Link Roundup

Changes coming for BCFD firefighters — the mayor’s budget calls for longer hours, and a loss of 100 to 300 positions due to attrition (depending on which media source you read, the number changes).  This equates to longer hours for what amounts to less pay.  Unfair and unwarranted, how about giving other city employees the same rotten deal, not just the ones who are charged with saving lives?

A sad commentary on public housing in Baltimore.

More suspected arson fires in Detroit, firefighters “pushed to the limits”.

The fight over the city’s new casino project continues.

The Atlantic Cities examines why skyrocketing rents are actually bad for the economy.

A Maryland attorney was indicted on nine counts of wire fraud, stemming from his real estate investment scheme, according to the FBI.

Speaking of fraud, Stewart Sachs, a slumlord we’ve written about several times, has now been charged with money laundering — specifically, a drug dealer’s loan payments.  And they say slumlords don’t commit other crimes…

A bit of drama over at the Annapolis Housing Authority — they’re not sure whether Carl Snowden, a former city alderman, will be allowed to remain chairman of the Housing Authority’s board after he’s released from jail.

The Baltimore Brew asks whether we should house the homeless in the city’s many vacants — what do you think?

While the comments flew after this story in the Brew about liquor stores, Pennsylvania was busy working to end its stranglehold on liquor sales, while in Baltimore…we want the government to have even more control.

Good news-bad news in Cleveland:  The number of vacant homes has increased, despite a decrease in foreclosures.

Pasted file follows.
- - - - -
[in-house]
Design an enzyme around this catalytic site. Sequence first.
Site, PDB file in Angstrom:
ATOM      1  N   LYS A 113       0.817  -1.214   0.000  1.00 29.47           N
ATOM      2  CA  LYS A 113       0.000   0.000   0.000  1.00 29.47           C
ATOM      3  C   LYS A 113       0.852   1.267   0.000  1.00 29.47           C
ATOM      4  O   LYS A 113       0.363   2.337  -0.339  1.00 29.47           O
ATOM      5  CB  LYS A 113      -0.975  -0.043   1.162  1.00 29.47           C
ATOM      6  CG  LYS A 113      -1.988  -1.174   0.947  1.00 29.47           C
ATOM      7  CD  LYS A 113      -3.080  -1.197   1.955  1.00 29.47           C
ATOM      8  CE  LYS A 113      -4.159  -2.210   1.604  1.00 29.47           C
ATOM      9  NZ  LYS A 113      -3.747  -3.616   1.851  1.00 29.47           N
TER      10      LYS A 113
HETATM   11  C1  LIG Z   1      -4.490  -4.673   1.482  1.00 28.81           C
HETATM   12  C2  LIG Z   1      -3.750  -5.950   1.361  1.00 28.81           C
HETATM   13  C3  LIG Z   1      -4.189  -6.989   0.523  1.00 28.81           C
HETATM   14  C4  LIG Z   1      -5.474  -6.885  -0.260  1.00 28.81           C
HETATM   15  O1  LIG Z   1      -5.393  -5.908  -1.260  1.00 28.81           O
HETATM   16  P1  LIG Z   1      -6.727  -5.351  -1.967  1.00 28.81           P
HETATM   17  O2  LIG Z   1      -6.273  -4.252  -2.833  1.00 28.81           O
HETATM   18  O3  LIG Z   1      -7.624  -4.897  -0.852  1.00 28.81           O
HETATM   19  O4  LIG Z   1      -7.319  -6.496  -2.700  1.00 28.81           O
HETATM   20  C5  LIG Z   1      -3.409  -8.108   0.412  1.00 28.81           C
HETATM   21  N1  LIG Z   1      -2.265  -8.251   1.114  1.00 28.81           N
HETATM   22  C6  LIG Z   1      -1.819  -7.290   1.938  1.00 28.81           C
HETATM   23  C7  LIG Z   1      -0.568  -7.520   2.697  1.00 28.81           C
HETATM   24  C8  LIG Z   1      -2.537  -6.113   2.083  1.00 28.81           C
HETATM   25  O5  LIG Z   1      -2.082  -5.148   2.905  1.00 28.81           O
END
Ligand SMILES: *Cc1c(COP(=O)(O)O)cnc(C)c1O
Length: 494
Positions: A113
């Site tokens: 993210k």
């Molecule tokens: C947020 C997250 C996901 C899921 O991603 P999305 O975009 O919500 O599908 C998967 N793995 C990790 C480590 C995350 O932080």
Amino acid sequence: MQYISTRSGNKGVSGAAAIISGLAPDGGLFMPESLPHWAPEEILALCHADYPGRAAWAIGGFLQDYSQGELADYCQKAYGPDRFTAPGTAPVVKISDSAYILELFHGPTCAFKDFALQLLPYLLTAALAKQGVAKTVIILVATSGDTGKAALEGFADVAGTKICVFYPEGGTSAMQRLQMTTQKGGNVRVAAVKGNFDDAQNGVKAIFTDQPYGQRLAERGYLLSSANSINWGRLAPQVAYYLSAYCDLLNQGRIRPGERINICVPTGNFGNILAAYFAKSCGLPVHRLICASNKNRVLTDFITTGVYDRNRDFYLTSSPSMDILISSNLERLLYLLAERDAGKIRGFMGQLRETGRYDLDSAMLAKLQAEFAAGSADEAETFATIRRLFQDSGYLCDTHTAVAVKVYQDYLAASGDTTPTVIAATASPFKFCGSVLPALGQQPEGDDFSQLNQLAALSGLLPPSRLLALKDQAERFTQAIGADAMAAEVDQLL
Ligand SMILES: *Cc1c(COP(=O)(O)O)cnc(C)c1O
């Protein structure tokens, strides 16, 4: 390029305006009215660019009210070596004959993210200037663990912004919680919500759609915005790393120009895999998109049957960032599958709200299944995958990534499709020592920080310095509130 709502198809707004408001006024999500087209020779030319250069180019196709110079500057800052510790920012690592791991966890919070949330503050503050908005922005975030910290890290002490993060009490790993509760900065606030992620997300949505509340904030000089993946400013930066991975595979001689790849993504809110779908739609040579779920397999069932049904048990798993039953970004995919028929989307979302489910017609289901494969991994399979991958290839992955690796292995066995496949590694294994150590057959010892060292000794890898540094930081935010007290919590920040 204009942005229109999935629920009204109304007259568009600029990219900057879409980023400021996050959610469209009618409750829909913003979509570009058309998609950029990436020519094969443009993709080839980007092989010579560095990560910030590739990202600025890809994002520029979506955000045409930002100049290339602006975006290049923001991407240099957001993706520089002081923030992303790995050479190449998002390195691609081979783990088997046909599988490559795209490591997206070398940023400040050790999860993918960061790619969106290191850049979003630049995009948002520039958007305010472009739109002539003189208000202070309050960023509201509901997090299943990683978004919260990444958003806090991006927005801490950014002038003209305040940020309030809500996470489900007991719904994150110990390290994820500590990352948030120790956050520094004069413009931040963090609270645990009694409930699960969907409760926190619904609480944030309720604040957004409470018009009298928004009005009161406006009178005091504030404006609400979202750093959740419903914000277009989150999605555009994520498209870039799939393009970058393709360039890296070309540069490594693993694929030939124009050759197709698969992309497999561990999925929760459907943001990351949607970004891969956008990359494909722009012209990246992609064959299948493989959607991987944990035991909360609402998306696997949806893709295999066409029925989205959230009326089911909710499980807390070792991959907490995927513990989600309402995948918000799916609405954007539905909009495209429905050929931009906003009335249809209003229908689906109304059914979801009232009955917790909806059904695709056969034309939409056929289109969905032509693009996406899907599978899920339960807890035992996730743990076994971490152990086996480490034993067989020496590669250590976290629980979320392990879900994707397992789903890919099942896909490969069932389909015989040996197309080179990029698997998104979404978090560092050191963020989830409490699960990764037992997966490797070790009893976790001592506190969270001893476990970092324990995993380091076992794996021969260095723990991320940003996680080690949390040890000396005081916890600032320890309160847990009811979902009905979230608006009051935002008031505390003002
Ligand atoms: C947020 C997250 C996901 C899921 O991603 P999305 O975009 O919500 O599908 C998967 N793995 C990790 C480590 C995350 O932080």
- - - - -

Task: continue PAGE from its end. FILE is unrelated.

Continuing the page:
Milwaukee has decided to use a new strategy to beautify its vacant buildings:  artistic boardups.

Good news for Detroit, too:  Lead poisoning in children has dropped 70 percent, though you have to wonder — have property owners gotten better, or have more people simply left…so there are less children living in lead paint-filled homes?

2 comments

  1. sick of you entitled self anialating scum

    Wow, as someone purporting to bring the newspaper” to people to you sure love add your own spin on things. Stewart Sachs owned low infome properties. No doubt about that. But do the tenants that he rents to take care of the properties? Hell no!
    HERE’S a question for you captain righteous….when a landlord rents a freshly painted, newly carpeted home to a bunch of ghetto trash and they destroy the place within months, ripping out the copper piping to sell for crack, flushing chicken bones down tge toilet, cutting holes in the walla so they can sell drugs like a drive through. .. if you owned the house how many times would you redo that properrty??
    Where are your rants about how these people treat their owns homes???
    Wh3n the row homes went up way back when, they were bluff by immigrants that had no money, little education, but an amazing work ethic and pride for their homes and neighborhoods. The had the same struggle all poor, uneducated have, explain why Stewart Sachs is a slum lord? Sounds more like he’s a scum lord. He rents to people that don’t care about the rights of others. They don’t care about their neighborhood and they damn sure have no self fpride. Please respond. I dare you.

    • Baltimore Slumlord Watch

      I don’t know what you mean by “purporting to bring the newspaper to people”…but…

      The posts regarding Stewart Sachs focus on his ownership of blighted vacant homes. Homes he has owned for years, yet nothing has been done with them. The few that have been rehabbed, not all of the work has been done with permits, and therefore damage was done to some of the neighboring homes.

      The old argument “I’m not a slumlord because I rent to low-income people who trash my homes” is invalid. You own the homes and therefore can choose who you rent to. If you’re simply looking for that “easy section 8 income” and don’t screen tenants properly — that’s nobody’s fault but your own. There are good tenants out there, but they’re not willing to pay $1500 to live in a dump located in a marginal neighborhood.

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